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Books > Hindu > The Origin and Development of Vaisnavism (Vaisnavism from 200 BC to AD 500)
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The Origin and Development of Vaisnavism (Vaisnavism from 200 BC to AD 500)
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The Origin and Development of Vaisnavism (Vaisnavism from 200 BC to AD 500)
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About the Book

 

This edition is revised and enlarged to update the material and impart more depth to author's strikingly original interpretations. Especially those relating to Narayana and Vasudeva-Krsna. It questions the general assumption that the sentiment of personal devotion or bhakti formed a basic component of pre-Aryan aboriginal cults from which it was borrowed by later sectarian religions.

 

The author argues that religious consciousness being an ideological reflex of man's real life process its structure also undergoes changes in conformity with the changing social relations. The adoption of the principle of ahimsa and of vegetarianism in Vaisnavism is explained in its social context. It is shown how Puranic Vaisnavism envolved in the process of revitalizing brahmanism through assimilating a number of orthodox non-conformist and tribal elements; the absorption of Mother-goddess Sri-Laksmi in the Vaisnava pantheon is a case in point. The revised edition throws fresh light on the Narasimha incarnation of Visnu and the romodelling of some Vaisnava rituals. Finally, it highlights the social role of this religion and indicates the extent of its influence- in post-Maurva and Gupta times.

 

About the Author

 

Suvira Jaiswal took her MA from the university of Allahabad in 1953 and received her doctorate from Patna University and joined the Centre for Historical Studies Jawaharlal Nehru University in 1971 as Associate Professor and retired in 1990 Mrs Jaiswal was made President of the Ancient India Section of the thirty-eighth session of the Indian History Congress held at Bhubaneshwar in 1977. Currently she is engaged in research on social history of early India and has prepared a historiographical survey of the work done on the subject under a scheme sponsored by the Indian Council of Social Science Research.

 

Preface

 

The scope of the work is limited to the history of Vaisnavism in post-Maurya and Gupta periods, although I had to go back often to earlier times to explain the rise of certain cults, rituals and doctrines in the period under study. It largely embodies my thesis approved for the degree of Ph.D. at the Patna University in 1963. It was sent to press early in 1964; but due to the non-availability of certain diacritical marks in the press, the publication was much delayed, and even then the sign m could not be printed properly in most cases. I crave the indulgence of my readers on this score.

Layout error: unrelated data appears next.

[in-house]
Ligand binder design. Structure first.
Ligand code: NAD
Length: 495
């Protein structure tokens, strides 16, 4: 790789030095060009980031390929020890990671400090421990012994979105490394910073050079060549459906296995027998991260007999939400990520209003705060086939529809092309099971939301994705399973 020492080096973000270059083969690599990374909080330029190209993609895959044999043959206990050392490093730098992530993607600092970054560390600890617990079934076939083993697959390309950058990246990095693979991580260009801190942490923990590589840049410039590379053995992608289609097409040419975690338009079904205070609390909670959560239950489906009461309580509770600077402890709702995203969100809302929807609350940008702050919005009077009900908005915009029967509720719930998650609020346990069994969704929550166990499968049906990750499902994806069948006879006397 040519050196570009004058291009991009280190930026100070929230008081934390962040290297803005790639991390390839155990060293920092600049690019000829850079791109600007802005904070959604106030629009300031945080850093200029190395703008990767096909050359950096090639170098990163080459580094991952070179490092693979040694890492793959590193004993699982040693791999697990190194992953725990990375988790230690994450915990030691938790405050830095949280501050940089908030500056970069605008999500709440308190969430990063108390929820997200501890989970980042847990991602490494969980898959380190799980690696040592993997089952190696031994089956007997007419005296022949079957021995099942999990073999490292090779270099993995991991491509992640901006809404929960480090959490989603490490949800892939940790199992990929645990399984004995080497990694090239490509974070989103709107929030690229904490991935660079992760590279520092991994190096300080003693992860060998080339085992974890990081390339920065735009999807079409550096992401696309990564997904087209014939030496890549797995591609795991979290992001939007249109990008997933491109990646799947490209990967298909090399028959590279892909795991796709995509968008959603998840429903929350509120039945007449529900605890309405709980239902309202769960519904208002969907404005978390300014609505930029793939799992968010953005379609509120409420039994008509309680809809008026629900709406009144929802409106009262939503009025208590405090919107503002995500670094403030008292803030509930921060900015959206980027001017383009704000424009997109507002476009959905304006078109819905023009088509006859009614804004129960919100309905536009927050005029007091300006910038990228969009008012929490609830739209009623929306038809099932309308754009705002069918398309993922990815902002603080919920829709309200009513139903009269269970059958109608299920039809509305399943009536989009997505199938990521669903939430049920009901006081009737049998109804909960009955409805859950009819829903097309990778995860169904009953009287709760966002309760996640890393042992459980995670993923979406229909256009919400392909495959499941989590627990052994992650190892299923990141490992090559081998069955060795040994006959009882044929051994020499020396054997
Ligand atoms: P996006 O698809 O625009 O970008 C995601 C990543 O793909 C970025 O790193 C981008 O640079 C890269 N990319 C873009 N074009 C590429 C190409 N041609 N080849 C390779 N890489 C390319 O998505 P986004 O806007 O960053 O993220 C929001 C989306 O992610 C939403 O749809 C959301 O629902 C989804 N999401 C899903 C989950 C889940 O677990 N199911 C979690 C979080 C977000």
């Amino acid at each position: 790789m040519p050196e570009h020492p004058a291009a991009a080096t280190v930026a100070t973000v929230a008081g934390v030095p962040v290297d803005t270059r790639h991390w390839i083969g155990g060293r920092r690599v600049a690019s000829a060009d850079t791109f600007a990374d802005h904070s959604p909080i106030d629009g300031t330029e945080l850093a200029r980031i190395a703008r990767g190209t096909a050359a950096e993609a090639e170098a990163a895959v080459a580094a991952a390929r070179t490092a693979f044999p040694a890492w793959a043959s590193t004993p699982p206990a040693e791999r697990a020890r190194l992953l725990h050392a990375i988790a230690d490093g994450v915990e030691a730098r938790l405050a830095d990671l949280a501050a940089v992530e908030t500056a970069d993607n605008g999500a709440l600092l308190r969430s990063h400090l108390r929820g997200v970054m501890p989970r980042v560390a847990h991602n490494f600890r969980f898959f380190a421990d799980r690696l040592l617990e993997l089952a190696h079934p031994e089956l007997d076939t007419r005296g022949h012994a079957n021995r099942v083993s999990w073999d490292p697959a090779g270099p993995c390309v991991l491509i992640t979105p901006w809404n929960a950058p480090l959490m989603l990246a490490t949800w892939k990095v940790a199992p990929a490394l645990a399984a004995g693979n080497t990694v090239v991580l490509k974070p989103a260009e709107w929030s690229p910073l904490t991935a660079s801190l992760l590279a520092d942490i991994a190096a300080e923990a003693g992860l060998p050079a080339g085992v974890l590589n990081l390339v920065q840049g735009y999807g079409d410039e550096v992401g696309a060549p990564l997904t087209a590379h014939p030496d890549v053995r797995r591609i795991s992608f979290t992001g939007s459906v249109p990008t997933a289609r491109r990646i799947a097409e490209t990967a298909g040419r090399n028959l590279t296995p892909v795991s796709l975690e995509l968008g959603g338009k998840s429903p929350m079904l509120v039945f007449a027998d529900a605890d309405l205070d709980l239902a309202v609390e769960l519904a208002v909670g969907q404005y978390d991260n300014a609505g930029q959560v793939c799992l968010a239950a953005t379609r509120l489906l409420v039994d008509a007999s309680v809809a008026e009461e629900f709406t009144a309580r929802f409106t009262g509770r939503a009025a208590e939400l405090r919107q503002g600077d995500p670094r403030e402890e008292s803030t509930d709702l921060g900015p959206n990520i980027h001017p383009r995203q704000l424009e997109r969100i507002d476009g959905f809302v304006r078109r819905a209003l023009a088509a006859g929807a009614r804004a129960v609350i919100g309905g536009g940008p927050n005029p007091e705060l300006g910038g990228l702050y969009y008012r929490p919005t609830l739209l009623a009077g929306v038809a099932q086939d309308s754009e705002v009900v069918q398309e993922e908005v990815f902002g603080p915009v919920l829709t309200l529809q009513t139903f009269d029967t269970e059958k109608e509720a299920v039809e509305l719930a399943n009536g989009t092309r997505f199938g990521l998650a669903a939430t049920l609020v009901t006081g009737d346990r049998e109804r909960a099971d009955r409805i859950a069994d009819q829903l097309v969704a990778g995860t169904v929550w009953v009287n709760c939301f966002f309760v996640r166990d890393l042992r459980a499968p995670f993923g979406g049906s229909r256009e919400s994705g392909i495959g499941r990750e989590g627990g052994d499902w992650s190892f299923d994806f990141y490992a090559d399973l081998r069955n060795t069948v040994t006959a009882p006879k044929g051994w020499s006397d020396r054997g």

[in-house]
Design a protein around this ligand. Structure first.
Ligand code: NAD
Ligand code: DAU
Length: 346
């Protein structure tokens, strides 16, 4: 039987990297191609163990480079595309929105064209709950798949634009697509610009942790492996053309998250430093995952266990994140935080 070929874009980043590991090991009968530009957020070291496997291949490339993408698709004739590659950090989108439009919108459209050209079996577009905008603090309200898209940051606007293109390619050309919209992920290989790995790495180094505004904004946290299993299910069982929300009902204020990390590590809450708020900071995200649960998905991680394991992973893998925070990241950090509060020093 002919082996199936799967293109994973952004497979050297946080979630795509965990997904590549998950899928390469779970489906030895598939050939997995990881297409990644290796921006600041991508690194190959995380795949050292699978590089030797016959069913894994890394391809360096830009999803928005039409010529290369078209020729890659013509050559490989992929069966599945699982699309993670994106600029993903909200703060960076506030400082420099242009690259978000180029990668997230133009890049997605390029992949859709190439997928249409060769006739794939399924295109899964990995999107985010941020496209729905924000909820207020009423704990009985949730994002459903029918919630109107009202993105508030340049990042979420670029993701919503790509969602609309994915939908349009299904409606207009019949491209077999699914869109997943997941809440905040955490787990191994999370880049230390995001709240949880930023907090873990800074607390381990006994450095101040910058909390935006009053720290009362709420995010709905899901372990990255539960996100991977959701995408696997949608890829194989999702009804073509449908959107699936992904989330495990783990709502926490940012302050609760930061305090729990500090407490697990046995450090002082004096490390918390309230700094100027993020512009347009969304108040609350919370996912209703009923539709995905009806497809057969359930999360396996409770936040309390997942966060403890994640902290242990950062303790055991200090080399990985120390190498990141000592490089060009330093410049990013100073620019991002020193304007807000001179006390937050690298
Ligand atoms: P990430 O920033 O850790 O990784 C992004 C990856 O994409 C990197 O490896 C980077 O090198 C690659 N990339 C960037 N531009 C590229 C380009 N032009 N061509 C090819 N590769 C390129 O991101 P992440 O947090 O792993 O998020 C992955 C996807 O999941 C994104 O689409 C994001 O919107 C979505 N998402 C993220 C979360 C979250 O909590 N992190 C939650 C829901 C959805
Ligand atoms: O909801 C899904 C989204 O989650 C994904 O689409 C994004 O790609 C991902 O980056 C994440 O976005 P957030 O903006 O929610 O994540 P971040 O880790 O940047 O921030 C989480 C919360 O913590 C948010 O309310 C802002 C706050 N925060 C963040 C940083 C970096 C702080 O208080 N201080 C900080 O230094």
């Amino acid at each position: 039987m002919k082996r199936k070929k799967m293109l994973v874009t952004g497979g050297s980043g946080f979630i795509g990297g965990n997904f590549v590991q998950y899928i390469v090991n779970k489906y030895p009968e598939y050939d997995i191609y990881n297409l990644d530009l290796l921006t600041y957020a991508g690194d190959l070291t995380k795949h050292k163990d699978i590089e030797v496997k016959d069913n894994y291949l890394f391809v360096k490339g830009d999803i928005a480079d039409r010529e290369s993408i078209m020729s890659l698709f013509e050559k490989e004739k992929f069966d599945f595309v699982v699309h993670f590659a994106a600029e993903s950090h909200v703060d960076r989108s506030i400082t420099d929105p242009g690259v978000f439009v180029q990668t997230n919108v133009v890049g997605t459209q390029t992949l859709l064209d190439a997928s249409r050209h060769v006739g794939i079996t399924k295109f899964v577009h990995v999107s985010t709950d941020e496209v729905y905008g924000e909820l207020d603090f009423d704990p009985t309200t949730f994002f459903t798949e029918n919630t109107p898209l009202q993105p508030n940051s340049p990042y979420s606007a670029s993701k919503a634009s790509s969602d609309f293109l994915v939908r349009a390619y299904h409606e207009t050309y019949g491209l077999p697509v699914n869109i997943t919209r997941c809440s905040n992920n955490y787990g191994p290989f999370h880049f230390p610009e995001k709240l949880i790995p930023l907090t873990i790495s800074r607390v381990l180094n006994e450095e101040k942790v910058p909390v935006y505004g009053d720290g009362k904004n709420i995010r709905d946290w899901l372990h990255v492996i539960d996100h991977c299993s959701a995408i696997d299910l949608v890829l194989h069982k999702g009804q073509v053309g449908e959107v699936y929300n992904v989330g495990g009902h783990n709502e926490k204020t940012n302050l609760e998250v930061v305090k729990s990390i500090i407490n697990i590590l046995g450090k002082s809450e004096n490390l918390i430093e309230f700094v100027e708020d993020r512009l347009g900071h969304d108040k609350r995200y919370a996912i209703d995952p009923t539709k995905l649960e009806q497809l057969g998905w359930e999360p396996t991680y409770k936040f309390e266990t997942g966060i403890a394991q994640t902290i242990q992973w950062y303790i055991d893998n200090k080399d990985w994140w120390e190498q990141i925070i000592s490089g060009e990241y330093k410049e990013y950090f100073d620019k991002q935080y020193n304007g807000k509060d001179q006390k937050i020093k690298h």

I want to express my deep sense of gratitude to Professor Ram Sharan Sharma, Head of the Department of History, Patna University, who has supervised my work. His inspiring interest and exacting standards of scholarship have gone a long way to make the work what it is. I am also under obligation to Dr. Yogendra Misra, who guided me during the absence of Professor Sharma in England and gave me sound advice on several technical matters. My examiners, Professors A.L. Basham and D.C. Sircar offered me some very helpful criticisms and suggestions; to them my' most sincere thanks are due. I am deeply beholden to late Professor D.D. Kosambi, who during his last visit to Patna in 1964, found time to look through the typescript and gave me valuable advice. It is a matter of deep regret to me that the book could not come out during his lifetime. I am obliged to Professor Tan Yun-Shan, Director, Visva-Bharati, Cheena Bhavan, Santiniketan, for sending me a copy of a relevant passage found in the Chinese Tripitaka along with its English rendering. I also wish to thank Dr. Mrs. Vina Mazumdar, my erstwhile colleague and now Education Officer, University Grants Commission, for her keen interest in my work. My discussions with her have been stimulating and thought-provoking. I have also the pleasure of expressing my special thanks to Sri S.M. Karimi, Reader, Department 'of Geography, Patna University, for preparing the map and to Sri Radha Krishna Chaudhuri, Dr. Bambahadur Mishra and Dr. Dvijendra Narayan Jha for extending their help to me in various ways.